Mitsubishi Outlander PHEV Forum
https://www.myoutlanderphev.com/forum/

Maintaining SOC while towing a caravan / under heavy load
https://www.myoutlanderphev.com/forum/viewtopic.php?f=10&t=1057
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Author:  anko [ Mon Jun 15, 2015 1:36 am ]
Post subject:  Re: Maintaining SOC while towing a caravan / under heavy loa

gwatpe wrote:
I have been testing multiple ways of replacing battery %SOC on trips where corded recharging is unavailable..

Thanks for the heads up.
gwatpe wrote:
It seems that the PHEV may be considered under powered for any extended towing trip. The main difference between the PHEV and a traditional powered vehicle is related to the impact on towing that a depleted battery has. A normal vehicle with gears, power can be adapted to suit, without any residual impact on future power availability. The PHEV can suffer power loss when the battery is depleted.

I don’t think it is underpowered. I think it is lazy. With “seems underpowered” as a result. When driving conditions require such, fuel consumption can easily go up to 15 liter / 100 km or more. But when driving conditions are easy, fuel consumption will drop to 11 l / 100 km or even less (when coasting). So, when driving is easy, instead of preparing for the future by building up SOC, the engine kinda settles down. I am more or less convinced that if consumption would stay at 12 or maybe 13 l / 100 km, the car would easily maintain SOC at a high enough level to deal with whatever conditions you will encounter on a ‘normal’ extended towing trip.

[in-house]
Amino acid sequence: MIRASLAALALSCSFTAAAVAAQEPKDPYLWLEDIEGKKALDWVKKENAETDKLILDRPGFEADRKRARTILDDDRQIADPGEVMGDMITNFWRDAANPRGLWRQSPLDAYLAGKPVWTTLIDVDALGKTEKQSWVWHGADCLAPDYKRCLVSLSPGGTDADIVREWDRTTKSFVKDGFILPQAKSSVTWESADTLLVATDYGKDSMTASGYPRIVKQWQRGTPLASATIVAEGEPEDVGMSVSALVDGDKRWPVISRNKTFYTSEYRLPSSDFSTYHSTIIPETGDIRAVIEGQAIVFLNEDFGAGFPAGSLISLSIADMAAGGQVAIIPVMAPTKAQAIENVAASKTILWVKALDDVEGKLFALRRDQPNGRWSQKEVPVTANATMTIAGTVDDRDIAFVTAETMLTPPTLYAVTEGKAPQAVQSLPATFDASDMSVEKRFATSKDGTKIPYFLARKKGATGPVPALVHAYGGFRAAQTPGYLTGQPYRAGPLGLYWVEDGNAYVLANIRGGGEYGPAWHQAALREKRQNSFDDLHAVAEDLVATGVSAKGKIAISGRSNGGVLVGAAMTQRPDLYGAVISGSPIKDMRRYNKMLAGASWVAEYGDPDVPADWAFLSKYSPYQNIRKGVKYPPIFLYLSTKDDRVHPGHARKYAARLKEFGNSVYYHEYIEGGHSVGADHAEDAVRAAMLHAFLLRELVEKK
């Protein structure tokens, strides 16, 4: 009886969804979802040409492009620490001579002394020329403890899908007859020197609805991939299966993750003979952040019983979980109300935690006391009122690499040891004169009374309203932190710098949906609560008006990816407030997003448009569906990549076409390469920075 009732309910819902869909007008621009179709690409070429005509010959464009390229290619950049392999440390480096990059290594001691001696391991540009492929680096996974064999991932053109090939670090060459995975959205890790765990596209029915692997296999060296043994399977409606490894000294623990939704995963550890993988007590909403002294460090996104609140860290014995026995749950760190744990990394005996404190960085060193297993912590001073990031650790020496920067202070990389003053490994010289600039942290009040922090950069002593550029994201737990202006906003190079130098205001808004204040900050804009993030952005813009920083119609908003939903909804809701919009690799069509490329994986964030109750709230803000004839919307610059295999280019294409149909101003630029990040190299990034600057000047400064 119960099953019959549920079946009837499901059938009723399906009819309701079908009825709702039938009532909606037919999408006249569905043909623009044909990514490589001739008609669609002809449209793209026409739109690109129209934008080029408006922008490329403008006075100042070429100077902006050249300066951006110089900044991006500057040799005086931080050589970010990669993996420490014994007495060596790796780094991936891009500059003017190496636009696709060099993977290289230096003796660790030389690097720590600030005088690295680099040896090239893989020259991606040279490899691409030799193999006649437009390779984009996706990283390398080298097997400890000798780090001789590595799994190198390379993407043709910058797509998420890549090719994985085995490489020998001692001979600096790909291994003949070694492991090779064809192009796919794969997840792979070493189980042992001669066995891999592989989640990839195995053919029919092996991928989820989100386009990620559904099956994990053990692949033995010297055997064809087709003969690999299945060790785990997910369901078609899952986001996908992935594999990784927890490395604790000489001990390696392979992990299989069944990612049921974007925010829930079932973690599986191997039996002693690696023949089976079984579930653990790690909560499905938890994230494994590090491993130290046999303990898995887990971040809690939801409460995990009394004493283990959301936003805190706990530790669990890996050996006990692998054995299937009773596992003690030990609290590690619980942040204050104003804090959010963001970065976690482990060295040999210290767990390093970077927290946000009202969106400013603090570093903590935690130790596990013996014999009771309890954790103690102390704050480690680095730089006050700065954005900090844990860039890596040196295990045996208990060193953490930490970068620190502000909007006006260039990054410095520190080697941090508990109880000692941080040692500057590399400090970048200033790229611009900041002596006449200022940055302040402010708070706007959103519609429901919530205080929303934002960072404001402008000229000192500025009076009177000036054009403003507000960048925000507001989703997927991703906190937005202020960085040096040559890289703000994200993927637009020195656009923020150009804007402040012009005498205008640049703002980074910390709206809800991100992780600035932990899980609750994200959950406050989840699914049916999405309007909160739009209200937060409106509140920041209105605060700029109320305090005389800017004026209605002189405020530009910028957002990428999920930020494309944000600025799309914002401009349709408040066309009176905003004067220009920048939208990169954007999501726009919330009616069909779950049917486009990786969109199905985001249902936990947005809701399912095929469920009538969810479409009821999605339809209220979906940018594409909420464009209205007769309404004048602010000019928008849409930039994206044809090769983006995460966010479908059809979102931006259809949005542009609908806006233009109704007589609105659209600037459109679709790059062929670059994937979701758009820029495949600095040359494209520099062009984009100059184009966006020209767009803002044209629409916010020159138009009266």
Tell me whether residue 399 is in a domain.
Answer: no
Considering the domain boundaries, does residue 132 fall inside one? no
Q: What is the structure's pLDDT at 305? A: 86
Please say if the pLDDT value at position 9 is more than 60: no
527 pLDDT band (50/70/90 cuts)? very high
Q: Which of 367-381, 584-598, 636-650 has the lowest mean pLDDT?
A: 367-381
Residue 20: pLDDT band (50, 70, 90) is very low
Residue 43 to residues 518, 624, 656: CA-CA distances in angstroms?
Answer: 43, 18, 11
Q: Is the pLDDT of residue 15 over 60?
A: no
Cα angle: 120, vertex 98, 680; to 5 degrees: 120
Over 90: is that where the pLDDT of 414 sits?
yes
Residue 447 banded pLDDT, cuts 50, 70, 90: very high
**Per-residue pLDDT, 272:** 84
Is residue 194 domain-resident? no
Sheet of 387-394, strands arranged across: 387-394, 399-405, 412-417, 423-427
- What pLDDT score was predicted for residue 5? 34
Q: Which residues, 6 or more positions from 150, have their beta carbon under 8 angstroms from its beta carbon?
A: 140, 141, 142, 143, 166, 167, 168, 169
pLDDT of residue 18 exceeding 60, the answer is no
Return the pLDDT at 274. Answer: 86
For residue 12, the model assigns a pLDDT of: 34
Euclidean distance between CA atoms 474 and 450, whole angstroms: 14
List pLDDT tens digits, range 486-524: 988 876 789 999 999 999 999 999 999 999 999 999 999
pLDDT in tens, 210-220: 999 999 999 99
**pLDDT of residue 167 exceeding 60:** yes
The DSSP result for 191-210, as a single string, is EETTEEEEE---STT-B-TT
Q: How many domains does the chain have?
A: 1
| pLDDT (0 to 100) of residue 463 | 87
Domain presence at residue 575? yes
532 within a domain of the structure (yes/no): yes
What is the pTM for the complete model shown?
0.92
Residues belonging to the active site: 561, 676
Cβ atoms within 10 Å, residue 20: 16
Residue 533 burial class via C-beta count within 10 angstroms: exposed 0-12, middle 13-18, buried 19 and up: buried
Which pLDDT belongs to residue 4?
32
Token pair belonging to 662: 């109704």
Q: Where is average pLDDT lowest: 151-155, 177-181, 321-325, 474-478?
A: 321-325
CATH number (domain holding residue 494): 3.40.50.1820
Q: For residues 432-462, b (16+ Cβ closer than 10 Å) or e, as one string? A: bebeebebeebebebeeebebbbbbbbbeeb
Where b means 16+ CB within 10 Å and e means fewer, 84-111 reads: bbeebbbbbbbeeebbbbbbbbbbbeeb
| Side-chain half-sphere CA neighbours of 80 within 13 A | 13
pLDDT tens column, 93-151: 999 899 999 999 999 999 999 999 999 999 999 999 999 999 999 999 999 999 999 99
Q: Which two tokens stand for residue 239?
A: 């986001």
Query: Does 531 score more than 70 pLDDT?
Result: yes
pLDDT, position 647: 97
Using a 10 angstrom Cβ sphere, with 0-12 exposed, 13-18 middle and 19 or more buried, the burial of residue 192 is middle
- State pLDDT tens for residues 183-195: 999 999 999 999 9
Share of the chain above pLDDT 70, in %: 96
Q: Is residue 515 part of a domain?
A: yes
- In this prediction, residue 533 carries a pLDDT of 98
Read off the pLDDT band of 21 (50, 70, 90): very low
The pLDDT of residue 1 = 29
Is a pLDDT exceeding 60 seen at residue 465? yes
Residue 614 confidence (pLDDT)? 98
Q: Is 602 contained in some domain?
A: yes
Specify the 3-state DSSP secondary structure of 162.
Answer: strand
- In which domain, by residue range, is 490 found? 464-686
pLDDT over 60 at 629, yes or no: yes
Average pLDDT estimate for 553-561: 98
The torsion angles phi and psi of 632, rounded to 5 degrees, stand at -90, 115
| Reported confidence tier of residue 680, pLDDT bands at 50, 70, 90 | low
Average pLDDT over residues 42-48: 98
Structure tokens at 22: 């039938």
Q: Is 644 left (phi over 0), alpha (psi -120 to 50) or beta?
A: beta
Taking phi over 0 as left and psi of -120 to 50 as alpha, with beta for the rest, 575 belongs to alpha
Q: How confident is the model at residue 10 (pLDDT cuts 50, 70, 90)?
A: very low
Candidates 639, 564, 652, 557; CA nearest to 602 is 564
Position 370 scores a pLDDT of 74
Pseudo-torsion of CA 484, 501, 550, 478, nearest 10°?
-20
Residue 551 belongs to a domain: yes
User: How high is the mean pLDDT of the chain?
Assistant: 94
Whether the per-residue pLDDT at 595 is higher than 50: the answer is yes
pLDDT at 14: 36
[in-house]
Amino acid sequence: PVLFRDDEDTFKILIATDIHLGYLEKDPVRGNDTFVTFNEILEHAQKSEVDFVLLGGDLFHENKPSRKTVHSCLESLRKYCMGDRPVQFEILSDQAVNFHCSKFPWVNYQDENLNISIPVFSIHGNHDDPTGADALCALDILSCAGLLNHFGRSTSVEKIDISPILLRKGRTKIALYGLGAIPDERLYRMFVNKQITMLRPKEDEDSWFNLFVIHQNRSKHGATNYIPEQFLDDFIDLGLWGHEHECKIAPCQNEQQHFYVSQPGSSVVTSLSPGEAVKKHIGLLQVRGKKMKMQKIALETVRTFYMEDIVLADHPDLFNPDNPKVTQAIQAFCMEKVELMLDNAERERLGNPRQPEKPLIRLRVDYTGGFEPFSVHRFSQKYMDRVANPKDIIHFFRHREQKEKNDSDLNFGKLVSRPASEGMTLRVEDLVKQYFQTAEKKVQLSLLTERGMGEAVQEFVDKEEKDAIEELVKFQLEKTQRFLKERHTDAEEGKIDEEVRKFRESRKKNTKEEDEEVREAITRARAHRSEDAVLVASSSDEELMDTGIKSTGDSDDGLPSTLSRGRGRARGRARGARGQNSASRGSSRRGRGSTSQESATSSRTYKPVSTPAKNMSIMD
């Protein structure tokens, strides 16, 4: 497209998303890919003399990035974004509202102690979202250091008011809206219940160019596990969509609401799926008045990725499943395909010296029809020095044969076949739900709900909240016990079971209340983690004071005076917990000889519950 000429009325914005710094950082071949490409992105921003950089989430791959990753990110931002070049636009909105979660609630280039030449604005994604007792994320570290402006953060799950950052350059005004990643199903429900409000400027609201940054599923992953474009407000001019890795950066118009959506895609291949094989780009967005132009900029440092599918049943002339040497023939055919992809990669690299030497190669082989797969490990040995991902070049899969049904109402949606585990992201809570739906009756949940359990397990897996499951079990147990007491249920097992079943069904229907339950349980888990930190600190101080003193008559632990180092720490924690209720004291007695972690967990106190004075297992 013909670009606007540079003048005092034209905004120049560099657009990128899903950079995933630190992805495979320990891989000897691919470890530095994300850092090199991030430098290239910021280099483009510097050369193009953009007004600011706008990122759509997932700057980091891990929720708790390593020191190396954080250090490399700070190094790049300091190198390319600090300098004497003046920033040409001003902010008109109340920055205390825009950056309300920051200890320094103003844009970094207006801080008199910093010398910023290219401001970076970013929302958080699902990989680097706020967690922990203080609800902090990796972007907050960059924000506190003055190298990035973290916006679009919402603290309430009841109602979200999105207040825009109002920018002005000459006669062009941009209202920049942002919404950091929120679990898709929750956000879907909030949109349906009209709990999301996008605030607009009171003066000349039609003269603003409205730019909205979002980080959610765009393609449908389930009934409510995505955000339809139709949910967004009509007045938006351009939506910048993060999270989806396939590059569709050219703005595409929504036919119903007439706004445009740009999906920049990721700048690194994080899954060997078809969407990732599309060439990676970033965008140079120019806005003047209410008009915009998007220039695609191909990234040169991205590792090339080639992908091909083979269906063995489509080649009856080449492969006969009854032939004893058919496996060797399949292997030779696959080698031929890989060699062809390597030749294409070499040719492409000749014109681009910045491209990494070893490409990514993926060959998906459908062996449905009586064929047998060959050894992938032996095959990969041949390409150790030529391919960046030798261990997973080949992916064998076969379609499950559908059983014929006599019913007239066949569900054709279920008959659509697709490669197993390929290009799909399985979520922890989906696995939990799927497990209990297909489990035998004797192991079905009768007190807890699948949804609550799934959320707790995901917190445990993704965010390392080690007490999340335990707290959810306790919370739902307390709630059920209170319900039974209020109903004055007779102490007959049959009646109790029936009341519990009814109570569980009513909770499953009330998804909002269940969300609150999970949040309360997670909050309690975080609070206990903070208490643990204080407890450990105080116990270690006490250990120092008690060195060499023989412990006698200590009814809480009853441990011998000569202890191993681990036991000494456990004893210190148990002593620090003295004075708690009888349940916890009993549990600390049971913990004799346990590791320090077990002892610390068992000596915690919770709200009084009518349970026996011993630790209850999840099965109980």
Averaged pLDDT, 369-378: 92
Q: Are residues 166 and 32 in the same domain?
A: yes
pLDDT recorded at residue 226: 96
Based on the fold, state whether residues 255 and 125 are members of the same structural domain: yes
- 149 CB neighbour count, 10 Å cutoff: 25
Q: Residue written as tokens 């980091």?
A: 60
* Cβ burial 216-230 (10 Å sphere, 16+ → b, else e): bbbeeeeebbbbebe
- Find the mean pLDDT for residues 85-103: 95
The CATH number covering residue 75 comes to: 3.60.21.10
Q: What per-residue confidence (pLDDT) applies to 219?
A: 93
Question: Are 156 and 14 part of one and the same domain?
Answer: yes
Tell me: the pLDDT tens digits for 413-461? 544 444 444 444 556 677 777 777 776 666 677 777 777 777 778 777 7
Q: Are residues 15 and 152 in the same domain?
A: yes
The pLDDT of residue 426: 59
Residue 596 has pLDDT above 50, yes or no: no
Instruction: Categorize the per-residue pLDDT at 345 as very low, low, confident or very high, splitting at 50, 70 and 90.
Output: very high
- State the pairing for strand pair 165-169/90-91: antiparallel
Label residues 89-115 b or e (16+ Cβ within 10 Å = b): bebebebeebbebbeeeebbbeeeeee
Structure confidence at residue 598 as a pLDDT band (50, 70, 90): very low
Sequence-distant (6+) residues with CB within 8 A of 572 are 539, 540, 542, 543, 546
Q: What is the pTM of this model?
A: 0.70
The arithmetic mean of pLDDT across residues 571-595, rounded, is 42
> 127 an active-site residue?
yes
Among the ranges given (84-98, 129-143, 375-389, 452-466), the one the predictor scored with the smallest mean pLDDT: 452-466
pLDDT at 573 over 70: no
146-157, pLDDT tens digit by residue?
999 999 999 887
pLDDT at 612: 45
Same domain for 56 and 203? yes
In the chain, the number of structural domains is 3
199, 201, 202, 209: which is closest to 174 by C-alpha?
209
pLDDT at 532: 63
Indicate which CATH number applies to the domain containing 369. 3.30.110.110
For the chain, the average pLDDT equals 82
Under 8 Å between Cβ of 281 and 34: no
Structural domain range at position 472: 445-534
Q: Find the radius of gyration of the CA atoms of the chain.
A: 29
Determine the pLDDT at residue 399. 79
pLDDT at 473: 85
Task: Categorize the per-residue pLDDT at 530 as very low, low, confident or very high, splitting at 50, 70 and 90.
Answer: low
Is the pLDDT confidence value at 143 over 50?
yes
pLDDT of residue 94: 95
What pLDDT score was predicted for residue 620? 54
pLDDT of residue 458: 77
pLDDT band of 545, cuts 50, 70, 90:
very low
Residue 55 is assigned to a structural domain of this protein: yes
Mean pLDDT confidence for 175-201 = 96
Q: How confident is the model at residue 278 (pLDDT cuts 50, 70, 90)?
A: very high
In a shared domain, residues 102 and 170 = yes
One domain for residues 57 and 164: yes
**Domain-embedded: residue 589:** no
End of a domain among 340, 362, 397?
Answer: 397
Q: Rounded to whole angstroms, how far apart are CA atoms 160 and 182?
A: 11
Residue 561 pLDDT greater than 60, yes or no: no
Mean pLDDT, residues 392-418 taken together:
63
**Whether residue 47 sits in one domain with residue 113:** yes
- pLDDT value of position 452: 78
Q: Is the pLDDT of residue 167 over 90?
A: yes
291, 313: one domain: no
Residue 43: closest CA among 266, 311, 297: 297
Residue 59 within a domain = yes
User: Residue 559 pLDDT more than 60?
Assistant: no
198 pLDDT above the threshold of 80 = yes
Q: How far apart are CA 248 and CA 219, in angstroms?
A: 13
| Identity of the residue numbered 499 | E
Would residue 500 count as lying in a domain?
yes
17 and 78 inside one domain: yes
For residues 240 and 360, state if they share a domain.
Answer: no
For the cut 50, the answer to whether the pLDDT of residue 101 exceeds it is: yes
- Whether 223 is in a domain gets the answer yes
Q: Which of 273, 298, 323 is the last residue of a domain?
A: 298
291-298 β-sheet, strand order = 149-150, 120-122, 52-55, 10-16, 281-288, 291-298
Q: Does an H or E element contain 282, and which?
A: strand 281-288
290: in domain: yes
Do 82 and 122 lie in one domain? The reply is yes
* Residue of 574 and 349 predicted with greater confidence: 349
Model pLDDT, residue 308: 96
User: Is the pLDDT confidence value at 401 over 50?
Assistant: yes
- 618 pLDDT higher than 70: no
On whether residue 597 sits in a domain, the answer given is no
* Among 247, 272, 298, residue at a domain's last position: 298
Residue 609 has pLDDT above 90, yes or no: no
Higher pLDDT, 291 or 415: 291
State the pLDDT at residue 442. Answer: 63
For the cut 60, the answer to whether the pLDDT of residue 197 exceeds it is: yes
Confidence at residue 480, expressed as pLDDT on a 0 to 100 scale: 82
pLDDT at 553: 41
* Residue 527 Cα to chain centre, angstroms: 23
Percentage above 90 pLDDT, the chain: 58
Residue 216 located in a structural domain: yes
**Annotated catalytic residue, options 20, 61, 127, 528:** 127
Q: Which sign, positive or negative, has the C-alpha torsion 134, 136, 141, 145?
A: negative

Because you are able to maintain higher SOC, you will prevent (all or most of) the high revving of .the engine and have some SOC left at the end of the trip for some EV driving. So, I don't think overall average consumption would be affected. Unless this triggers you to drive faster, of course :mrgreen:

BTW: I think the car will suffer from power reduction, rather than power loss ;)

gwatpe wrote:
I have tried to use "anko" method as well, but cruise control is not available, so there is potential for speed variability that make interpretation of any measurements difficult.

Using this technique, this weekend I actually managed to enhance my SOC while towing my caravan on the motorway. Did I increase it’s power? No, I made it less lazy. Does it make a difference whether it is underpowered or lazy? Well, one is more easy to resolve then the other.

When towing, there is a 'zone', in which you only see the orange arrow from engine to wheels. Apparently no power going to the batteries and no power coming from the batteries. While towing a caravan on a flat road, you will spent most of the time in that zone. Unfortunately, as the BMU will tell you, a constant 9 - 12 A mps (3 - 4 kW) are being discharged from the battery. This power is fed into the E-motrors (1005 sure) as well as the generator (99.9% sure) to prevent them from dragging. At the cost of a little extra fuel, this power could be generated by the generator and fed into the motors, leaving SOC untouched. And another little bit of extra fuel would allow the SOC to actually increase.

Funny enough, I don't think average speed while towing has much impact on the ability to maintain SOC. Once you are driving fast enough to stop the charging process (and let's assume at motorway speeds you are), you can still gradually speed up (at a cost of higher fuel consumption) without taking power from the battery. Although I would not advise it, you could "pulse and glide" (as Prius owners call it) in B0 to allow the engine to generate some extra SOC during the glide phase. Then it shouldn't matter whether you pulse to 100 km/h and glide to 90 or pulse to 110 and glide to 100. As long as you don't pulse so hard that it requires power from the battery. During the Glide phase, about 76 Amps (25 kW) is fed into the batteries. Unfortunately but understandably, at higher SOC's this will be less. So maintaining SOC becomes easier when SOC is lower. Still get it?